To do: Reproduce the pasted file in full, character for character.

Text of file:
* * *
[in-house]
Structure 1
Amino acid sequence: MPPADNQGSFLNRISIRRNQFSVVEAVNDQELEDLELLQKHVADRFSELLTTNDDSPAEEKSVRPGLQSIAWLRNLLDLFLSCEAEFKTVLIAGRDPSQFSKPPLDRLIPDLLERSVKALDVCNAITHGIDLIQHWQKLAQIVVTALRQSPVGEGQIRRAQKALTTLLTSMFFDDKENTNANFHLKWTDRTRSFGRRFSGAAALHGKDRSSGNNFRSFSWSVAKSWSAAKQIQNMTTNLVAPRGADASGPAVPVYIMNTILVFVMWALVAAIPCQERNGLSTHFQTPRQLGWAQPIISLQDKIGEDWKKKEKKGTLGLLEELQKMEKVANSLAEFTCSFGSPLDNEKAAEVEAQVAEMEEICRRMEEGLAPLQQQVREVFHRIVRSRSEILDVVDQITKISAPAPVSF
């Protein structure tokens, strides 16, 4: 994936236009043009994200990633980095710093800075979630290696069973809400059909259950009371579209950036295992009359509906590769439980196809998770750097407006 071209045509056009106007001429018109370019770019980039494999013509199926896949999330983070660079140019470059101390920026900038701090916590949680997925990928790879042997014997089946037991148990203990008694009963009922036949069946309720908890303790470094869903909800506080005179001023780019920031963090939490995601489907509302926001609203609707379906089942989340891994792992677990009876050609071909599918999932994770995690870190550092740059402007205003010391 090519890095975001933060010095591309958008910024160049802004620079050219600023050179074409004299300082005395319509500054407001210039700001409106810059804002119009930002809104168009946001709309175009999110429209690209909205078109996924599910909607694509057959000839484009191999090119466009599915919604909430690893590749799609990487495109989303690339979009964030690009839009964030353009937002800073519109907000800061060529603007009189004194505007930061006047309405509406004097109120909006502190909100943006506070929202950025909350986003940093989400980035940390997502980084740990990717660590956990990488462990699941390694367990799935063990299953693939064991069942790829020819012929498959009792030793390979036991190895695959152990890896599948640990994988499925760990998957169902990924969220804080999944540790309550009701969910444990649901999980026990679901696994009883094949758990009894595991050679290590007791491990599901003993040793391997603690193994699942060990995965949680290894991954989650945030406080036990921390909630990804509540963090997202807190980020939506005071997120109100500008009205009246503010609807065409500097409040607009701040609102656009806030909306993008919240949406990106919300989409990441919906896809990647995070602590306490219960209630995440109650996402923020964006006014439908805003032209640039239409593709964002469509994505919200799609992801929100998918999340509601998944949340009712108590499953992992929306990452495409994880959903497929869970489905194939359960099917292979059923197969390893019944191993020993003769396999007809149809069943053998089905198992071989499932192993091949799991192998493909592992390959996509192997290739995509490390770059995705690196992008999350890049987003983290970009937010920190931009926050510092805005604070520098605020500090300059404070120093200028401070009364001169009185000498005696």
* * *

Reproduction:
[in-house]
Structure 1
Amino acid sequence: MPPADNQGSFLNRISIRRNQFSVVEAVNDQELEDLELLQKHVADRFSELLTTNDDSPAEEKSVRPGLQSIAWLRNLLDLFLSCEAEFKTVLIAGRDPSQFSKPPLDRLIPDLLERSVKALDVCNAITHGIDLIQHWQKLAQIVVTALRQSPVGEGQIRRAQKALTTLLTSMFFDDKENTNANFHLKWTDRTRSFGRRFSGAAALHGKDRSSGNNFRSFSWSVAKSWSAAKQIQNMTTNLVAPRGADASGPAVPVYIMNTILVFVMWALVAAIPCQERNGLSTHFQTPRQLGWAQPIISLQDKIGEDWKKKEKKGTLGLLEELQKMEKVANSLAEFTCSFGSPLDNEKAAEVEAQVAEMEEICRRMEEGLAPLQQQVREVFHRIVRSRSEILDVVDQITKISAPAPVSF
């Protein structure tokens, strides 16, 4: 994936236009043009994200990633980095710093800075979630290696069973809400059909259950009371579209950036295992009359509906590769439980196809998770750097407006 071209045509056009106007001429018109370019770019980039494999013509199926896949999330983070660079140019470059101390920026900038701090916590949680997925990928790879042997014997089946037991148990203990008694009963009922036949069946309720908890303790470094869903909800506080005179001023780019920031963090939490995601489907509302926001609203609707379906089942989340891994792992677990009876050609071909599918999932994770995690870190550092740059402007205003010391 090519890095975001933060010095591309958008910024160049802004620079050219600023050179074409004299300082005395319509500054407001210039700001409106810059804002119009930002809104168009946001709309175009999110429209690209909205078109996924599910909607694509057959000839484009191999090119466009599915919604909430690893590749799609990487495109989303690339979009964030690009839009964030353009937002800073519109907000800061060529603007009189004194505007930061006047309405509406004097109120909006502190909100943006506070929202950025909350986003940093989400980035940390997502980084740990990717660590956990990488462990699941390694367990799935063990299953693939064991069942790829020819012929498959009792030793390979036991190895695959152990890896599948640990994988499925760990998957169902990924969220804080999944540790309550009701969910444990649901999980026990679901696994009883094949758990009894595991050679290590007791491990599901003993040793391997603690193994699942060990995965949680290894991954989650945030406080036990921390909630990804509540963090997202807190980020939506005071997120109100500008009205009246503010609807065409500097409040607009701040609102656009806030909306993008919240949406990106919300989409990441919906896809990647995070602590306490219960209630995440109650996402923020964006006014439908805003032209640039239409593709964002469509994505919200799609992801929100998918999340509601998944949340009712108590499953992992929306990452495409994880959903497929869970489905194939359960099917292979059923197969390893019944191993020993003769396999007809149809069943053998089905198992071989499932192993091949799991192998493909592992390959996509192997290739995509490390770059995705690196992008999350890049987003983290970009937010920190931009926050510092805005604070520098605020500090300059404070120093200028401070009364001169009185000498005696």